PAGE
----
It also suggests that Trump's success will not only have an impact on the parties, but on a key aspect of political science research.
Do we expect too much from voters?
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Perhaps it is finally time to stop pretending there is such a thing as a rational voter who seeks information to vote based on the issues alone, as decades of political-science research has assumed. Instead, Achen and Bartels argue, we can only progress by accepting that most voters are deeply uninformed and lack meaningful preferences, and even those who do know and care about politics are all just partisan loyalists. Can we acknowledge that social-group identities are the most important structuring force in politics, and politics is really at heart just identity politics? And can we build new theories around the undeniable evidence that politics is and always will be based on emotion and conflict, not logic and consensus?
It's time to make peace with a simple fact of political life: Rationality is a chimera.
For political science, this argument actually amounts to a rediscovery of old truths about group conflict being the center of politics. A half century ago, these were the mainstream views in the discipline. At that time, political science was also much more qualitative — for example, congressional scholars actually hung out in Washington and spent hours talking to people who worked there, instead of only staring at computers analyzing data — and sociological, in that scholars focused more on norms and cultures and folkways than they did on modeling individual incentives.
But sometime in the 1960s, political science took a turn away from groups and toward "rational individualism." Scholars began to treat both voters and politicians as utility-maximizing actors who had consistent and externally determined preferences along some unidimensional left-right spectrum. (Where these preferences came from, it was never clear.) And scholars also assumed these voters knew enough to adequately express these preferences meaningfully. Voters and officeholders and groups all existed in a "game" in which they tried to move policy to their "ideal point." Voters tried to hold politicians "accountable" for their performance, while politicians "maximized" their utility from office holding. Economics, not sociology, became the model discipline. Incentives replaced norms and cultures.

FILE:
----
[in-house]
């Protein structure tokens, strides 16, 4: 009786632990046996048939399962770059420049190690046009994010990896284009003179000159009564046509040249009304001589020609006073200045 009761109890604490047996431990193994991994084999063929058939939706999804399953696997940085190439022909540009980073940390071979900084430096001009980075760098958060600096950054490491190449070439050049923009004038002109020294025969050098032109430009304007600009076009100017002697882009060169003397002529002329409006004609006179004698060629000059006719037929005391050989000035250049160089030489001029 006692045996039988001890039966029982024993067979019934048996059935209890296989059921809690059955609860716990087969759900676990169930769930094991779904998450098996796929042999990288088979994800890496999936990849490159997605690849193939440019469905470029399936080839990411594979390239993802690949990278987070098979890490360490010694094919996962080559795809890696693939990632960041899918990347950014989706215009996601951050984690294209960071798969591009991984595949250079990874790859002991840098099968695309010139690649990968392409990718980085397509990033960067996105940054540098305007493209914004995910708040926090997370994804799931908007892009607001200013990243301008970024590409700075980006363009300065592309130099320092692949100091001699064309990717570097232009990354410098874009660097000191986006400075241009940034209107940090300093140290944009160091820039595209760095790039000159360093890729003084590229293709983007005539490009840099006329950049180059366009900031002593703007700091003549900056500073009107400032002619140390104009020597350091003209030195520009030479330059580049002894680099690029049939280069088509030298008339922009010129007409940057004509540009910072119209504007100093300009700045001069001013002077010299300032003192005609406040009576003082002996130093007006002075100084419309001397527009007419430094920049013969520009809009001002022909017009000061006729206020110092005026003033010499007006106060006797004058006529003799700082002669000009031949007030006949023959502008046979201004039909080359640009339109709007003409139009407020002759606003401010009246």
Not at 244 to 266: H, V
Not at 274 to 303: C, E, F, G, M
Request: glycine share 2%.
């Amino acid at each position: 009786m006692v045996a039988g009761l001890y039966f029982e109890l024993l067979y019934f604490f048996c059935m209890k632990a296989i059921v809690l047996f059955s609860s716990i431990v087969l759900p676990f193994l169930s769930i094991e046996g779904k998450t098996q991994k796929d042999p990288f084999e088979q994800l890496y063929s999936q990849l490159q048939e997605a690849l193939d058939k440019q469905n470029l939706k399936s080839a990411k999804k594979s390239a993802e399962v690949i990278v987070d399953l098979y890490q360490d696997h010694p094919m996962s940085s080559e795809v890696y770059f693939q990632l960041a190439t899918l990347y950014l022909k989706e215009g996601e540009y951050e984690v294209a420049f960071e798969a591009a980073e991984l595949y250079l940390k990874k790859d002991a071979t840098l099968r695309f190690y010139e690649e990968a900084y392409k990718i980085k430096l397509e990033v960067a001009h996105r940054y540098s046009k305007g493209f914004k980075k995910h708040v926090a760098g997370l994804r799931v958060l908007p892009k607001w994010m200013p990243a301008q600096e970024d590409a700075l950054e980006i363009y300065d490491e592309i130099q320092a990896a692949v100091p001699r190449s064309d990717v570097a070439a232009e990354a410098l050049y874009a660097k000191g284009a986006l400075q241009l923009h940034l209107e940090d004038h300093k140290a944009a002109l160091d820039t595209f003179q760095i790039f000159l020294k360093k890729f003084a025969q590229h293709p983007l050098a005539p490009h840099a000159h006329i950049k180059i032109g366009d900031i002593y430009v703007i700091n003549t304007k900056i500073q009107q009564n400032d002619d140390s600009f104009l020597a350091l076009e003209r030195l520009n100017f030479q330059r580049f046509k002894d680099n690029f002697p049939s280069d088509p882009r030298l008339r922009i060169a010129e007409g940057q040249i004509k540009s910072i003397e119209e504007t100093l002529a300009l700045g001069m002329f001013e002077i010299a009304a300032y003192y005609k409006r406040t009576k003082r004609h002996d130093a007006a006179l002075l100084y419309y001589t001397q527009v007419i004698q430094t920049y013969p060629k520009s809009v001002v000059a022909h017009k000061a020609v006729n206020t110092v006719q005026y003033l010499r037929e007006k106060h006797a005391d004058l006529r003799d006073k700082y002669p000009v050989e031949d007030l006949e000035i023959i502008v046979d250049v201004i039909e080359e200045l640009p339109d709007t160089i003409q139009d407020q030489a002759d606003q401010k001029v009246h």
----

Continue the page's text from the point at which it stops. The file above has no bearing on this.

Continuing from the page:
These assumptions were popular in the academy because they made both formal modeling and fancy statistical analysis more tractable, and therefore made political science more "scientific." Plus, there was plenty of easily accessible data on elections, roll-call votes, and public-opinion surveys to be tilled into publishable journal articles. "The result," Achen and Bartels write, "was a body of work that was simultaneously advanced in its methods and antiquated in its ideas."
They were also popular because they fit with the prevailing good-government idea, what Achen and Bartels dismissively call "the folk theory of democracy." Under the folk theory, "Democracy makes the people the rulers, and legitimacy derives from their consent." Elections should and can be meaningful events that truly empower the people. Therefore, if democracy has gone wrong, it’s merely because our voters are too uninformed, our candidates are too corrupt, our political discourse is too awash in lies. Like political science, good-government reformers pursued an idealized world of informed voters making meaningful independent choices that could give them actual power.
For Achen and Bartels, all this reformist moral exhortation is an exercise in futility. All the standard bromides of good-government reformers — more participation, better civic education, a more responsible media — represent mountains of wasted good intention that will never lead to more responsive government.
The most obvious flaw of the folk theory is that it expects far too much out of citizens: "Can ordinary people, busy with their lives and with no firsthand experience of policy making or public administration, do what the theory expects them to do?" Of course not. "Mostly," Achen and Bartels write, "they identify with ethnic, racial, occupation, religious or other sorts of groups, and often — whether through group ties or hereditary loyalties — with a political party."